It all started in 1896, when a group of cigar factory owners decided that their legions of workers needed a local source for thirst-quenching beer—some bosses, right? They opened the Florida Brewing Company in Ybor City, one of Tampa Bay’s most famous neighborhoods.
Well, liquor and the law aren’t always the best of friends—we’ve all heard of drunk tanks, right? Prohibition and other regulations made craft beer a difficult concept until recently. And today, Tampa Bay is legitimately raising the bar.
A century after, and a couple blocks from where Florida Brewing Company started, the Tampa Bay Brewing Company opened its taps in an old horse stable and heralded the dawn of Tampa Bay’s craft-brewing renaissance.
Tampa Bay Brewing’s operations are overflowing like a generously poured pint. The brewery has moved and expanded a couple times—no matter the location, Tampa Bay Brewing’s always honoring the classics while keeping it fresh. Sip on the hoppy Old Elephant Foot IPA or the boozy Moose Killer Barleywine Style Ale, longtime local loves. Or, embrace the innovation with some new favorites, such as Reef Donkey American Pale Ale and Full Moon Madness Subtropical Porter, a full-bodied dark brew with a hint of tropical flavors.
German Chocolate Cupcake Stout
Inspired by the tasty brews produced at Tampa Bay Brewing and other craft breweries across the country, Cigar City Brewing (CCB) came onto the scene and immediately hit the mark with brews that pushed beverage flavor boundaries. Jai Alai IPA, its most popular beer to this day, blends various hops to create a marriage of citrus and pine that shocked many of the region’s beer drinkers at first gulp.
Cigar City Brewing pays homage to its Tampa Bay roots by incorporating local history into the names of many of its beers: Jai Alai is named after the helmet-required ball game that was once played down the road, Maduro Brown Ale gives a nod to Tampa Bay’s historic cigar industry and Invasion Pale Ale was inspired by Tampa Bay’s annual, pirate-themed Gasparilla celebrations.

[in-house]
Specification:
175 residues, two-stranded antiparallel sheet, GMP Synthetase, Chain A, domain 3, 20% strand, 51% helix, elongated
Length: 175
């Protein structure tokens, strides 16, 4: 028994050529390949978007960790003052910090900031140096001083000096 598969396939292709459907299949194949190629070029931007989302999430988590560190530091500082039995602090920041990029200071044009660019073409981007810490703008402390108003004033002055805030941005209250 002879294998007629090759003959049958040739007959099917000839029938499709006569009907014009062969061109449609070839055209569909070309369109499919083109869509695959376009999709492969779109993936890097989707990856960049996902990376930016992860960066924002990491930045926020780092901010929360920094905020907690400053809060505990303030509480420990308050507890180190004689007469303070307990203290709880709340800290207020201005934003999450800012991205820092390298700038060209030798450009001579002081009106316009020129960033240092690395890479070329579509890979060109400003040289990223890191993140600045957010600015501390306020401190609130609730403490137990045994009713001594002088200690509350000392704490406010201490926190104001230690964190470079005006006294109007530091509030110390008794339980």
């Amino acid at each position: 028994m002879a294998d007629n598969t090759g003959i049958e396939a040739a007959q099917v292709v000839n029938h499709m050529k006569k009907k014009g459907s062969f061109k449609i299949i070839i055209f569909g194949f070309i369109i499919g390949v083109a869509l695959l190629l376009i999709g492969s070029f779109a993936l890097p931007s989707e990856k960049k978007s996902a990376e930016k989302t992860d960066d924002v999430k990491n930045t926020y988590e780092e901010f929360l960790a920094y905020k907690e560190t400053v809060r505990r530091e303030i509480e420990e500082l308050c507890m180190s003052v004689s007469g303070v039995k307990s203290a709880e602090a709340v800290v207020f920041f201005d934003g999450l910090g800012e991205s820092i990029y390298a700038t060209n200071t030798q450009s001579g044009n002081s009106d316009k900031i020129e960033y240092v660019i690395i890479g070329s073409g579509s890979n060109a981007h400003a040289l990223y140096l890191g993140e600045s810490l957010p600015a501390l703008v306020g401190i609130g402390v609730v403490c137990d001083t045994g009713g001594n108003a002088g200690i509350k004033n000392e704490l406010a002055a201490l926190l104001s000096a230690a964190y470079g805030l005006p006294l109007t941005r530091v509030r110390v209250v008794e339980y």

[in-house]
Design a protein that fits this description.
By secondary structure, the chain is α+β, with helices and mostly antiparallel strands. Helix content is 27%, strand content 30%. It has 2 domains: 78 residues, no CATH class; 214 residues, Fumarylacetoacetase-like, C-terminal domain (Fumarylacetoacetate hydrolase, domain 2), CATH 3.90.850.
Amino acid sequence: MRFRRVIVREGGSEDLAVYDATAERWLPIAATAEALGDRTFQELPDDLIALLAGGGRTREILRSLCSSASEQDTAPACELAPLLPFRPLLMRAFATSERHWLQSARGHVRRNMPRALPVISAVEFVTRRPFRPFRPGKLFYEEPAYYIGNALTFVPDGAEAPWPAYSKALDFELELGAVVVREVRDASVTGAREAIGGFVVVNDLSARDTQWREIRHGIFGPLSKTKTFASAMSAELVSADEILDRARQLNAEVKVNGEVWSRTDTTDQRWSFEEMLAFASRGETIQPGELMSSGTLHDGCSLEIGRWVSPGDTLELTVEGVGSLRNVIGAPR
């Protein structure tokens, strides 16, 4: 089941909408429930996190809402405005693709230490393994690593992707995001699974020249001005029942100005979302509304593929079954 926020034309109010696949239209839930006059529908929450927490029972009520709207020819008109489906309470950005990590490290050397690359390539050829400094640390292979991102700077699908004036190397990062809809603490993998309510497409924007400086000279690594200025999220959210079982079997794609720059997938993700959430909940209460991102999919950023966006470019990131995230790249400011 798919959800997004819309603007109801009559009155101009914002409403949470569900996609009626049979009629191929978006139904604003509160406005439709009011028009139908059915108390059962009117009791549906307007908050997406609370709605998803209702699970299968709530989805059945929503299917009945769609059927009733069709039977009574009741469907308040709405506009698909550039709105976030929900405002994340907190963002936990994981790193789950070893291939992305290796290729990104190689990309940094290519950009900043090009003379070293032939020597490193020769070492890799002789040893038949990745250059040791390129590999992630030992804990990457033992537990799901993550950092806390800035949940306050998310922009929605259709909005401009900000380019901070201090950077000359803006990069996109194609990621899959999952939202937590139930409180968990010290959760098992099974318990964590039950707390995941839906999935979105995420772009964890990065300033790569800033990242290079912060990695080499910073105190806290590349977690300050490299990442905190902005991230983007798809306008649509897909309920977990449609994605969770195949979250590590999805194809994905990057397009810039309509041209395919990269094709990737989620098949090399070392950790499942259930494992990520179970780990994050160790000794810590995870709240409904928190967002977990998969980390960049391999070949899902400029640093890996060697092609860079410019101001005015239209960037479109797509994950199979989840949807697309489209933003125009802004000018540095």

CCB has also expanded several times: their brewpub in Terminal C of Tampa International Airport is the only on-site airport brewery in the United States. Funnily enough, Cigar City Cider and Mead—a CCB expansion—opened in the same former horse stable, in Ybor City, where Tampa Bay Brewing Company started.
As CCB drew attention to the Tampa Bay craft beer scene, the city’s craft brew renaissance accelerated. Soon, breweries began popping up like bubbles from the bottom of a goblet.
Operating in a former factory on the edge of Ybor City, Coppertail Brewing Co.—named after a mythical sea monster that was hatched in the imagination of the brewery founder’s daughter—produces mouthwatering brews. Pop into the two-story tasting room and pop open a Free Dive IPA or a Night Swim Porter. If you’re lucky enough to be in the building when the seasonal Capt’n Jack’s Stone Crab Stout is available, demand a drink! It’s brewed with freshly harvested stone crab claws, which infuse the beer with just a hint of a briny taste. Brew day for Capt’n Jack’s has become an event, and the stone crab claws are the evening’s main course for patrons and staff.